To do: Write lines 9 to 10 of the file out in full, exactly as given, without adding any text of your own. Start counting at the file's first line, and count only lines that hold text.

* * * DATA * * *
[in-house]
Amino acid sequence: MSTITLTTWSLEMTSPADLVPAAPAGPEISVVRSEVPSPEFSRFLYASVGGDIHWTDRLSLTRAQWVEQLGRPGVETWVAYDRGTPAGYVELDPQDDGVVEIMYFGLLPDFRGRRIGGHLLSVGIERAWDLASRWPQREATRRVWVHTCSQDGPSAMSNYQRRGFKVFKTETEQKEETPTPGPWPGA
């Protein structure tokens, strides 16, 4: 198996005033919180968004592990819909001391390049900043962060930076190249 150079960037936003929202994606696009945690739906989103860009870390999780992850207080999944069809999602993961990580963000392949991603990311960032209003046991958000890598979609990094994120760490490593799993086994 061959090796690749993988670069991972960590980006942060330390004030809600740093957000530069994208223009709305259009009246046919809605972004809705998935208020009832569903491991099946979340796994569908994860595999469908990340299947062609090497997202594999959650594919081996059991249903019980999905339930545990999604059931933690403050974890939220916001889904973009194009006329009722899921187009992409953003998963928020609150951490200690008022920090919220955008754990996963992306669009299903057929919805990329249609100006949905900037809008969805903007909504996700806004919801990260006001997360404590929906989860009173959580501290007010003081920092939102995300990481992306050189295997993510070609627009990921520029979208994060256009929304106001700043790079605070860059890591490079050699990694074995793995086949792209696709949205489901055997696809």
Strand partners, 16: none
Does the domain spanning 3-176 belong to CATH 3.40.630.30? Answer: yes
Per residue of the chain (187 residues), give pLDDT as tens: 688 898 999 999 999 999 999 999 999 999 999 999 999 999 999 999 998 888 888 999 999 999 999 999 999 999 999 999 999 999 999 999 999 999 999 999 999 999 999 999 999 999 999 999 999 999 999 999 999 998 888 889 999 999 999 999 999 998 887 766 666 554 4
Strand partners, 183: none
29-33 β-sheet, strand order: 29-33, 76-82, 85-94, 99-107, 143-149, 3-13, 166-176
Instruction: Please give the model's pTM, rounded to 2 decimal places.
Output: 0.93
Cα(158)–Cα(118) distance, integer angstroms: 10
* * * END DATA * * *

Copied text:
Instruction: Please give the model's pTM, rounded to 2 decimal places.
Output: 0.93